Rob and Helen Pattullo

Newstead Cropped and Resized

L-R: John Cannon, Challenge Consultancy and Rob Pattullo, Newstead Farm

Tucked in behind Napier on the coastal hills is Newstead Farm, an 817ha effective area farm with rolling to steep hills, a mixture of sandy and silt soils and temperamental weather – a combination which has required the team here to be proactive and well-prepared. Rob and Helen Pattullo have been farming this property for more than 30 years and it has been in Rob’s family for over a century.

It’s been a real team effort establishing a robust system that works well with the environment, land ability and family time. Rob is the manager, setting policy, doing compliance and financials, as well as being physically involved in the farm on a day to day basis.

He is supported by his wife Helen, who has run the ‘family’ business and helps with succession and planning. Zane Brink, the stock manager has been part of the team for several years and “is more than capable and has looked after the farm in my absence for long periods of time,” says Rob. The other integral team member is John Cannon, rural consultant in the Hawke’s Bay who has been working with Rob for a decade.



Newstead’s stocking policy is predominantly bull based with 1,150 R2 bulls, 50 R1 bulls and 100 beef breeding cows, but it hasn’t always been this way, as the difficult climate has prompted changes over the years.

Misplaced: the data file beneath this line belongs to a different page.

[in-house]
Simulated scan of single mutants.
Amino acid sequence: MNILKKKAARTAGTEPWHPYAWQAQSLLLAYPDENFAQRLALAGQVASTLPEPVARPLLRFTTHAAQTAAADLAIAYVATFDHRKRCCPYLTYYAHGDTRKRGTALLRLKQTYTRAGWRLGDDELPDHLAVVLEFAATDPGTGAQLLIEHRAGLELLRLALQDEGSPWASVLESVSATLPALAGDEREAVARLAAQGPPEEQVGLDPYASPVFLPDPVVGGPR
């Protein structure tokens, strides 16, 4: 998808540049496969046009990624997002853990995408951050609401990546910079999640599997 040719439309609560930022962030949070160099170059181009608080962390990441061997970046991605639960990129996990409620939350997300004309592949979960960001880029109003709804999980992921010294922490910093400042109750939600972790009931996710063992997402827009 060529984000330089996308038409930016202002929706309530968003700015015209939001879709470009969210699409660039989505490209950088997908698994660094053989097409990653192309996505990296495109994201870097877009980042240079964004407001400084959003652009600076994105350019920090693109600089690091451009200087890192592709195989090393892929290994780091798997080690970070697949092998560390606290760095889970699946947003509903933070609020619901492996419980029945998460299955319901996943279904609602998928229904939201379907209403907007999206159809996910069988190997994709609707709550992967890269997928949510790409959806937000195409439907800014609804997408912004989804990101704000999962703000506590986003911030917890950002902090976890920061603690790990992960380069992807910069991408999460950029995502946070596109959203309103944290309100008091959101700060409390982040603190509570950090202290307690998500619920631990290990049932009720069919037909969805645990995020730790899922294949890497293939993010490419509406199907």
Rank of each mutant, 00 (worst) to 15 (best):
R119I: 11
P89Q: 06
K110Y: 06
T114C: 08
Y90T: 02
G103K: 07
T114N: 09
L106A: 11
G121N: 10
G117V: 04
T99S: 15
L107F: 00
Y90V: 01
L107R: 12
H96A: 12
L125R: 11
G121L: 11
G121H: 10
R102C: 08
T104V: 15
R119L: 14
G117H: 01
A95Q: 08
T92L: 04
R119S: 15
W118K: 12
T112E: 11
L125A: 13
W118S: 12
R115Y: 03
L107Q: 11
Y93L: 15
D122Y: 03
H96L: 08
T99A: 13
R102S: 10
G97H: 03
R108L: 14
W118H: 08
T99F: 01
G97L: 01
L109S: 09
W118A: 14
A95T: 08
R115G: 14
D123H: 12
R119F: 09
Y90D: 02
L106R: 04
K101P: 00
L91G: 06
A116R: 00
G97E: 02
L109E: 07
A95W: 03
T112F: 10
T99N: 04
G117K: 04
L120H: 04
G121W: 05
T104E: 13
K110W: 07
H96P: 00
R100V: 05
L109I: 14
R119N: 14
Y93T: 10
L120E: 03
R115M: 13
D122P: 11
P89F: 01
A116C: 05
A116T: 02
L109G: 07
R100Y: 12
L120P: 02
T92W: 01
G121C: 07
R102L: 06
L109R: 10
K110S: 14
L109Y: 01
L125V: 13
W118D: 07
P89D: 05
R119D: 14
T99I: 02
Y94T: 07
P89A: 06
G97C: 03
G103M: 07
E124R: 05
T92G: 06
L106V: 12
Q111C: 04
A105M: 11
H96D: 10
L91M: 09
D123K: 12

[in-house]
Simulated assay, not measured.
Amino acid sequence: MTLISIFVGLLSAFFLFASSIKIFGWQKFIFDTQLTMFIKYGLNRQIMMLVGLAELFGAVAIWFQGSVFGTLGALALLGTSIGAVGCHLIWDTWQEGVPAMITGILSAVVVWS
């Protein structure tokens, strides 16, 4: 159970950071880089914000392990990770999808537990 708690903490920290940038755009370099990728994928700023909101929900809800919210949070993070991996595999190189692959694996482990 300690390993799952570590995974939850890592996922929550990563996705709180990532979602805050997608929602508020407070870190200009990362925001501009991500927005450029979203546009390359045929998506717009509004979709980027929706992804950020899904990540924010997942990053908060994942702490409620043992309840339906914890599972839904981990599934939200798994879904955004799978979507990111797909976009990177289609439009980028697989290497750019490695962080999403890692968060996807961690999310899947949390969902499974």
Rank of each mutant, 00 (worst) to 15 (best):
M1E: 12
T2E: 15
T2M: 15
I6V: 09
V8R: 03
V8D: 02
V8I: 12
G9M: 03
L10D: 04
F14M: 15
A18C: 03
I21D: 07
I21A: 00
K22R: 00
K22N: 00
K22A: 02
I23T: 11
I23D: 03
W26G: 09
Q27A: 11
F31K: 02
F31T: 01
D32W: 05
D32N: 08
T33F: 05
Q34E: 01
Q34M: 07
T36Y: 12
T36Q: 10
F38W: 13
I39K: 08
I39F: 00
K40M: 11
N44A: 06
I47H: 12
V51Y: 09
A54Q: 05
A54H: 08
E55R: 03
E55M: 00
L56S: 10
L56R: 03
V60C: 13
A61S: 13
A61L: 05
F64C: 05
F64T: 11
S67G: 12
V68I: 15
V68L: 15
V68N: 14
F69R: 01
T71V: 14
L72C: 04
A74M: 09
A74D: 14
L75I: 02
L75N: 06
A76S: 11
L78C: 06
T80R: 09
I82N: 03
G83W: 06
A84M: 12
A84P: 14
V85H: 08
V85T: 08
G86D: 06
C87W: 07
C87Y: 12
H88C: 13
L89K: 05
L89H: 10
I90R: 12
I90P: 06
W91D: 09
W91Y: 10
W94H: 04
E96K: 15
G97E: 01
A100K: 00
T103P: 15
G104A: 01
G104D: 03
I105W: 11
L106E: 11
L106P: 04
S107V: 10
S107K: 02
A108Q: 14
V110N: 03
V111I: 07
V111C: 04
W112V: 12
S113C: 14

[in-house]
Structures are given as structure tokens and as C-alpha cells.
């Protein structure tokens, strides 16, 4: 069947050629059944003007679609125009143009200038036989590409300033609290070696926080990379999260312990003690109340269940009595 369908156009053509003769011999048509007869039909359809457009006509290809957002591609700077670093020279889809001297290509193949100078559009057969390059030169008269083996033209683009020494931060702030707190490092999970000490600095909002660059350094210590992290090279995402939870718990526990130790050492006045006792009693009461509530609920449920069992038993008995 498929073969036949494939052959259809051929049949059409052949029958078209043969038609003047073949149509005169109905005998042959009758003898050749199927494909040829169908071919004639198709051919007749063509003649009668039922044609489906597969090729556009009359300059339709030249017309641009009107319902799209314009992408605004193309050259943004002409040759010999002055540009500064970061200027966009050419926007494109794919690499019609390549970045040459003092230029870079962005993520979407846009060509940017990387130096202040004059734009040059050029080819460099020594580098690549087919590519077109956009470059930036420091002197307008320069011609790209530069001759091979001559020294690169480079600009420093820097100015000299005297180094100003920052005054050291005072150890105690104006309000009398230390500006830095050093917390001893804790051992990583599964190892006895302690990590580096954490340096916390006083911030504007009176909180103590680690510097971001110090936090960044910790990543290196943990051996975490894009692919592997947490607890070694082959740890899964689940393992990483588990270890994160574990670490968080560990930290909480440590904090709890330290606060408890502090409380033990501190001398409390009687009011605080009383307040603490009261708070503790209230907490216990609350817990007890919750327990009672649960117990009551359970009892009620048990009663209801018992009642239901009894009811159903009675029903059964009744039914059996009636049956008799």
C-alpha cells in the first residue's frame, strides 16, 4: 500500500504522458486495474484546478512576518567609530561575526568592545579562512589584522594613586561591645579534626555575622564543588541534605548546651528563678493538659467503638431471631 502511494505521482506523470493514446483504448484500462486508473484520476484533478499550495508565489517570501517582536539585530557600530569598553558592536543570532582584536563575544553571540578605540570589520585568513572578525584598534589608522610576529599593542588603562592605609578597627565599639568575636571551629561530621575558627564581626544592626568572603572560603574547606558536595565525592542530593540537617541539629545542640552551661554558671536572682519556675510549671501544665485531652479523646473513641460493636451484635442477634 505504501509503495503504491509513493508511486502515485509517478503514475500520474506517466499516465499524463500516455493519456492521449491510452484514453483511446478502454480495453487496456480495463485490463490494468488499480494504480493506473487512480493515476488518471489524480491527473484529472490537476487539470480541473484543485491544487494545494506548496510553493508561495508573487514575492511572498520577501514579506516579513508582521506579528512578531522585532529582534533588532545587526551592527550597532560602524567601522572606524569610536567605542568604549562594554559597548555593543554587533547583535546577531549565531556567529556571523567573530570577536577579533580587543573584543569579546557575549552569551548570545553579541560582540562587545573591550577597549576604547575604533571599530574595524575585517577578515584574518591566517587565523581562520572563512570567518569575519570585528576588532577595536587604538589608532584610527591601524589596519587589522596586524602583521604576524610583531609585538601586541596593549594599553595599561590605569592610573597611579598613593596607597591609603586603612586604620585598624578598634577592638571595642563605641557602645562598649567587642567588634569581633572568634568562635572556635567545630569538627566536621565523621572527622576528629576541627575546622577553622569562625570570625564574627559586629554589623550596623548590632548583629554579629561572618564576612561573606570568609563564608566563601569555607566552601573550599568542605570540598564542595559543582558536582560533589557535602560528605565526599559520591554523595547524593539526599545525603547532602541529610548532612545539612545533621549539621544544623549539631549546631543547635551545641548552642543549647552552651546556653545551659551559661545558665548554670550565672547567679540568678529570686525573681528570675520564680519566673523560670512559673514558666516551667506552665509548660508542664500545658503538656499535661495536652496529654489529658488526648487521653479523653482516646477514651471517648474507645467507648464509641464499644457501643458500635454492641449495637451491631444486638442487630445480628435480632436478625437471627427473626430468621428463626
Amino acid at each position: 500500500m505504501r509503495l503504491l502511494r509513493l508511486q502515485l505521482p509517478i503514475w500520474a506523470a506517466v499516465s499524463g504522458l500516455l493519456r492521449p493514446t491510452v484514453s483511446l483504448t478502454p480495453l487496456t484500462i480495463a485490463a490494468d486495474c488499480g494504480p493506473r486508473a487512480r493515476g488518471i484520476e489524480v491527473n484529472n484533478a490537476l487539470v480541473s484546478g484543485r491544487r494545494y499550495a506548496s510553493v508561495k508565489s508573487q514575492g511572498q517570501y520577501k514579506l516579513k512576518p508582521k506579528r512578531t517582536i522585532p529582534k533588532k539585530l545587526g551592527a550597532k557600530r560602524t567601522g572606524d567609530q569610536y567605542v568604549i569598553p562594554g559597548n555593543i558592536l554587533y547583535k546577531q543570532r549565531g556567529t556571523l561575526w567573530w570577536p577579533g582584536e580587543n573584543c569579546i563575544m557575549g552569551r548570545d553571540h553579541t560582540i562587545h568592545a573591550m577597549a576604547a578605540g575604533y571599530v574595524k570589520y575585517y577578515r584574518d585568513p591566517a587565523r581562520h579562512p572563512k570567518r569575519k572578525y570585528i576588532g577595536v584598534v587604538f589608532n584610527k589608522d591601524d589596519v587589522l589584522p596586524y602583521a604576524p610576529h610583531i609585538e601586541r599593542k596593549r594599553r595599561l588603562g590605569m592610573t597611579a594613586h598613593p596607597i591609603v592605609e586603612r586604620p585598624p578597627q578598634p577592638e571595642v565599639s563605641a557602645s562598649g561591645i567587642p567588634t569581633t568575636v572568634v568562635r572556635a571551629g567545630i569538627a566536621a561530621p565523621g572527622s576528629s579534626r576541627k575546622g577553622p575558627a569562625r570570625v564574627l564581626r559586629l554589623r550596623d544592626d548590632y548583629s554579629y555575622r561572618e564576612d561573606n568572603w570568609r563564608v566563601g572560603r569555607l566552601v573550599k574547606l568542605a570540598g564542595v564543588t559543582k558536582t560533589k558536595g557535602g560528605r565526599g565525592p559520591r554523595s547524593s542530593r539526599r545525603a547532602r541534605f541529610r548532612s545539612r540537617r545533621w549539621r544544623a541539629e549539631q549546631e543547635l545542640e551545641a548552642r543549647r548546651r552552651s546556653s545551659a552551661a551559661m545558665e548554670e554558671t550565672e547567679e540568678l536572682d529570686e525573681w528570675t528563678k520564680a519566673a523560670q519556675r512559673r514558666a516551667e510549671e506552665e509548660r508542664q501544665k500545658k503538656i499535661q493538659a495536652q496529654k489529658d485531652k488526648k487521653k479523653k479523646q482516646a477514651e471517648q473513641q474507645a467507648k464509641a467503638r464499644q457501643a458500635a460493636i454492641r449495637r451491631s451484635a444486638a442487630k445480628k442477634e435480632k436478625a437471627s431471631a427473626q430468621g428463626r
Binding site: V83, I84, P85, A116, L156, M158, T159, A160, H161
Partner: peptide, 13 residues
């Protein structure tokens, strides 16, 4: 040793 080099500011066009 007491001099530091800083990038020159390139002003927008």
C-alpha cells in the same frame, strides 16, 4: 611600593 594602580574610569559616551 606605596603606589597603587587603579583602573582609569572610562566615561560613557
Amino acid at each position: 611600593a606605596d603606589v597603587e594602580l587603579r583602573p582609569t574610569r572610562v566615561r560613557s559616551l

Rainfall is average and can come at any time, and there have been some particularly challenging seasons over the last few years.

“We’ve changed from a breeding focus to a flexible trading focus, and we’ve changed from a predominantly sheep farm with some breeding cows to a beef trading farm with just 50 sheep and 100 breeding cows. And the reason we did that was clearly we had to change and give ourselves flexibility and adaptability to climate”, says Rob.

John elaborates, “they wanted to look at what changes  they could make to their livestock policy because for them, managing the dry and the location of it is a very important part of the business, so we set about building a system that had a lot of resilience around summer dry because we realised we could make money between April and Christmas time, but it was damn hard to do it any other time of the year so we built a system to fit that.”



This was how FARMAX was used when it came into the equation more than 12 years ago, prompted by what Rob described as a shift in farming speak that changed his way of thinking: “I joined FARMAX because all of a sudden I was exposed in my wider group of farming friends to a language that I didn’t understand, and they started to talk around performance and production and that sort of stuff and I wasn’t at that level and they were all shouting from the rooftops about how good this program called FARMAX was.”

The way the Newstead team use FARMAX is very simple, with one stock type system that is relatively straightforward, and this works well for Rob for a number of reasons. Rob and John realised the physical limits of the land they were working with, and instead of pushing for potentially unreasonable goals in production and performance they tailored their farm policies to suit the land.